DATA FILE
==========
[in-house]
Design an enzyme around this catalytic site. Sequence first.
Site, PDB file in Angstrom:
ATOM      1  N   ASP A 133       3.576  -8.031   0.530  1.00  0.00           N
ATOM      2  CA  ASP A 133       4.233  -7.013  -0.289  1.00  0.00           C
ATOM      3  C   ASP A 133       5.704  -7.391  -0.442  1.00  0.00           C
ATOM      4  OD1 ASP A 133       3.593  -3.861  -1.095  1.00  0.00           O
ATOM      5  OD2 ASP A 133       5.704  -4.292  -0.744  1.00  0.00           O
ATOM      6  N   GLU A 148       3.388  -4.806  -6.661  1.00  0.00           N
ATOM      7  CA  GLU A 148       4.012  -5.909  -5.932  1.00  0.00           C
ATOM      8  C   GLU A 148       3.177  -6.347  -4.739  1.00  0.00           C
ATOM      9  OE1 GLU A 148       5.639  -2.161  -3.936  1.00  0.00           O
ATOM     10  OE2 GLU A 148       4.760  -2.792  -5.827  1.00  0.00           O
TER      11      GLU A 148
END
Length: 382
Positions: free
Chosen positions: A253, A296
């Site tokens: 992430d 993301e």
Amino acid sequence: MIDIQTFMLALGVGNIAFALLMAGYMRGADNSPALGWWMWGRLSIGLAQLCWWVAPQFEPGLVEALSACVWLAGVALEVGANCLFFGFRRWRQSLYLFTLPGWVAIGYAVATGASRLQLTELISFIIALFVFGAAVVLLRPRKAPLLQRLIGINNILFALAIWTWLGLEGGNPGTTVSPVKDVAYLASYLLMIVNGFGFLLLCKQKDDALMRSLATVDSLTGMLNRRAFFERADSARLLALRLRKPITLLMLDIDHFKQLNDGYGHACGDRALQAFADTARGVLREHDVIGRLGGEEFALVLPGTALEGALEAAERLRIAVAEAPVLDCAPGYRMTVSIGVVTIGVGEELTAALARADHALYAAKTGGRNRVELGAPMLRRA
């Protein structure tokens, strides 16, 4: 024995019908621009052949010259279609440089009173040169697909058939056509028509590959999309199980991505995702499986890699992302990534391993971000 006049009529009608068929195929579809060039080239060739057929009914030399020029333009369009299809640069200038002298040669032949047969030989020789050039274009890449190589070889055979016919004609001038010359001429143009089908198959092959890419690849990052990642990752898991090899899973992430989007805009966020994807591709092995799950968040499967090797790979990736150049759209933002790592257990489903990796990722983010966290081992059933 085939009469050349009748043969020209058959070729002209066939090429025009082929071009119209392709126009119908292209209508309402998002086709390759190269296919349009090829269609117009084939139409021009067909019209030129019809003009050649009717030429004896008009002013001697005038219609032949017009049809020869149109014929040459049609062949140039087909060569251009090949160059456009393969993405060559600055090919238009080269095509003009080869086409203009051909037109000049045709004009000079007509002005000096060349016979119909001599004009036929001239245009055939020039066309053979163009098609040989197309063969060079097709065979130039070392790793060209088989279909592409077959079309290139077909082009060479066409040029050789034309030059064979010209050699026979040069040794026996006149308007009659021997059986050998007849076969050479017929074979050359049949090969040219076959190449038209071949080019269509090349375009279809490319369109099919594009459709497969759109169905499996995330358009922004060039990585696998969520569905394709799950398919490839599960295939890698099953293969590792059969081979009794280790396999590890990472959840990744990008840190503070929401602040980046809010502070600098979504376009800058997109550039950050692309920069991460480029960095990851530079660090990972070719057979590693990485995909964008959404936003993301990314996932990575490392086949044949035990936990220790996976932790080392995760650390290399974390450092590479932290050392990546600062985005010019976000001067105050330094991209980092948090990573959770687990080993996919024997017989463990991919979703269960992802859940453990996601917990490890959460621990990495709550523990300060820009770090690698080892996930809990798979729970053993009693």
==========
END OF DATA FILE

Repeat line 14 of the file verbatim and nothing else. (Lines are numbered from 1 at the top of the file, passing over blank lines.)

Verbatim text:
TER      11      GLU A 148